Portugal
Castello de Bom Jesus (historical)

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    • Day 7

      Überfahrt mit der Fähre nach Pico

      May 5 in Portugal ⋅ ☁️ 16 °C

      Heute klingelte der Wecker wieder beizeiten, die Überfahrt mit der Fähre von Horta auf Faial nach Madalena auf Pico stand an. Beim Frühstück konnten wir eine schöne Aussicht auf Pico geniessen. Danach ab ins Auto, tanken, Auto am Hafen abgeben und schauen, wo denn die Fähre abfährt. Der Deskman schaute erst unsere Tickets, dann uns und wieder unsere Tickets an und sagte, die Fähre fährt zu dem Zeitpunkt gar nicht 🤦‍♀️ ob wir nicht informiert wurde? Nein, wurden wir nicht....🙇‍♀️ trotz offiziellem Ticket standen wir num am Hafen. Netterweise konnten wir es auf die nächste Fähre umbuchen und warten nun eine weitere Stunde bis es los geht🤗Read more

    • Day 5

      Neptune in Horta

      March 13 in Portugal ⋅ 🌬 17 °C

      Apparently on February 15, 1986, on a Saturday between noon and 4 pm, the Azores suffered the greatest storm of the century, with winds reaching velocities of nearly 250 km/h.

      A local photographer, Jose Henrique Azevedo, took photographs before and after the storm. Waves reached heights of between 15 and 20 meters and when they broke, the spray went as high as 60 meters.

      Two years later when Jose wished to show proof of this event to visiting yachtsmen, he printed two of the photos. Having done so, he discovered that at the moment when he had photographed a particular breaking wave it had taken on human form – and thus became known as Neptune at Horta.

      Can you see the Neptune’s face?
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    • Day 4

      A Road Trip Around Faial Island

      March 12 in Portugal ⋅ ☁️ 15 °C

      We are staying in Horta that is in the very bottom right hand corner of the island. It was a gorgeous sunny day so we spent almost the whole day driving around the island clock-wise.

      First things first though. We went to the ferry terminal and bought our tickets for Thursday’s trip to the island of Pico. Actually the ferry workers are on strike so we didn’t have much choice about when we could go. We are just hoping that the weather is fine, especially when we come back, so we will be in time to catch our plane to Terceira next Monday.

      So, the road trip…

      The island is not very big 21km x 14 km. In the centre of the island, there is a large volcanic crater called Caldeira. You can drive to the rim of this crater (400 m deep) and walk around it (8 km) , but by the time we got to the turnoff to the crater, the clouds had rolled in.

      Anyways, we started in Horta, drove past the airport and down to a small fishing harbour called Porto de Castelo Branco. There was a cute picnic area where we took photos of a distinct white cliff, the remains of an old volcano.

      We drove further through some cute white villages and saw the turn off to that cliff, called Morro (castle) de Castelo Branco. We wanted to see it up closer as we had read that is it full of small caves that seabirds nest in. It is a protected area with some hiking trails with great views.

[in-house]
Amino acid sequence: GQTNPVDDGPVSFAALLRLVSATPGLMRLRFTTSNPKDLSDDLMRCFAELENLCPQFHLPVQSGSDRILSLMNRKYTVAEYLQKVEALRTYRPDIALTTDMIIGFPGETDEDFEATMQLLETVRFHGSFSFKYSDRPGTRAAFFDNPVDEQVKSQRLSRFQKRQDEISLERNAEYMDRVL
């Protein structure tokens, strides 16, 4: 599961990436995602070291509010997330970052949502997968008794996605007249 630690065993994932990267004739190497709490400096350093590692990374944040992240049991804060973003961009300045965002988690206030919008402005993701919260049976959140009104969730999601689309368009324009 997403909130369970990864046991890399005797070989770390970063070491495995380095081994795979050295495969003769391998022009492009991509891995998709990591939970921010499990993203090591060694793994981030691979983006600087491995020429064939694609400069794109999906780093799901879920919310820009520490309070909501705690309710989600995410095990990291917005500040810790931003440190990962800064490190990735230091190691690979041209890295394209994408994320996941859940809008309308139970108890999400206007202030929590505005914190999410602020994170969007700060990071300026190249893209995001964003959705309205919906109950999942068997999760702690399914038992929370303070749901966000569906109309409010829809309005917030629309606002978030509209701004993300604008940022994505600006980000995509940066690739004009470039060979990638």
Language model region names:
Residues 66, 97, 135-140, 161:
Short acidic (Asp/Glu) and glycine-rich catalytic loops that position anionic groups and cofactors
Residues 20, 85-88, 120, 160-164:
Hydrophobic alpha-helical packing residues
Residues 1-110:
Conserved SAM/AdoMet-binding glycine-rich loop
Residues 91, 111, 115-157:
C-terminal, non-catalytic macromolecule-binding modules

We continued north to a place called Varadouro where people have summer holiday houses around a small spa with thermal springs. There were also natural rock pools. These pools were built onto the lava rock boulders and the sea water fills them up. We had fun taking the little paths through the lava rocks to hidden spots. An elderly man told us that he went into the water every day for his daily swim. Brrrr.

      Continuing up the main road, we turned left to go to the Volcao dos Capelinos. On the way, we saw more and more damaged houses, the result of devastating volcanic eruptions in 1957/58.. The volcano erupted approximately 68 years ago, creating a desolate, moonlike landscape. The entire region was leveled and only a lighthouse remained standing.

      We went into the ‘futuristic’ underground visitor center that is also a museum that had a great display about volcanoes and the eruption of the Capelinhos Volcano in particular.
      We climbed the narrow, circular staircase with 114 stairs up to the top of the lighthouse for views of the area.

      Continuing on, we passed even more ruined houses with the roofs of the houses barely peeking out from the high layer of volcanic ashes and cinder.

      We took a narrow side road to a little hamlet, Faja, to a sandy beach below steeply rising bluffs. I believe this area is known to be a good surfing spot.

      The whole trip at the top of the island had magnificent views with towering cliffs and deep gorges. We stopped for a late lunch in a cute restaurant/grocery store with a great view. Fresh catch of the day was on the menu. We got a seafood skewer with octopus, fish, shrimp and vegetables with French fries and a salad and enjoyed the goings on in this small town.

      The rest of the trip on the east side was more of the same but different great views.

      As we neared Horta, we saw the glorious Pico volcano. But then the clouds rolled in and hid her in a matter of minutes. We’ll see lots of her when we are on Pico Island!

      The last place where we stopped was at a statue high on the bluffs over Horta. We had a great view of the harbour below and could even see our little house.

      It was a perfect day trip.
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    • Day 9

      Traghetto per l'isola di Pico

      September 7, 2023 in Portugal ⋅ ☁️ 23 °C

      Imbarchiamo l'auto dopo averla ritirata in aereoporto alla volta dell'isola di Pico.

      L'isola di Pico è la seconda isola più grande dell'arcipelago delle Azzorre , nell'Atlantico settentrionale . Dista 8,3 chilometri dall'isola di Faial e 15 km dall'isola di São Jorge . Ha una superficie di 447 km²; una costa lunga 151,84 km, per un totale di 31 isolotti , grandi e piccoli. Ha una popolazione residente di 14.114 abitanti (nel 2011). Misura 42 km di lunghezza per 20 km di larghezza.

      Deve il suo nome a una maestosa montagna vulcanica, il Monte Pico , che culmina in una vetta pronunciata, Pico Pequeno o Piquinho . Questa è la montagna più alta del Portogallo e la terza montagna più alta che emerge dall'Atlantico, raggiungendo i 2.351 metri sul livello del mare .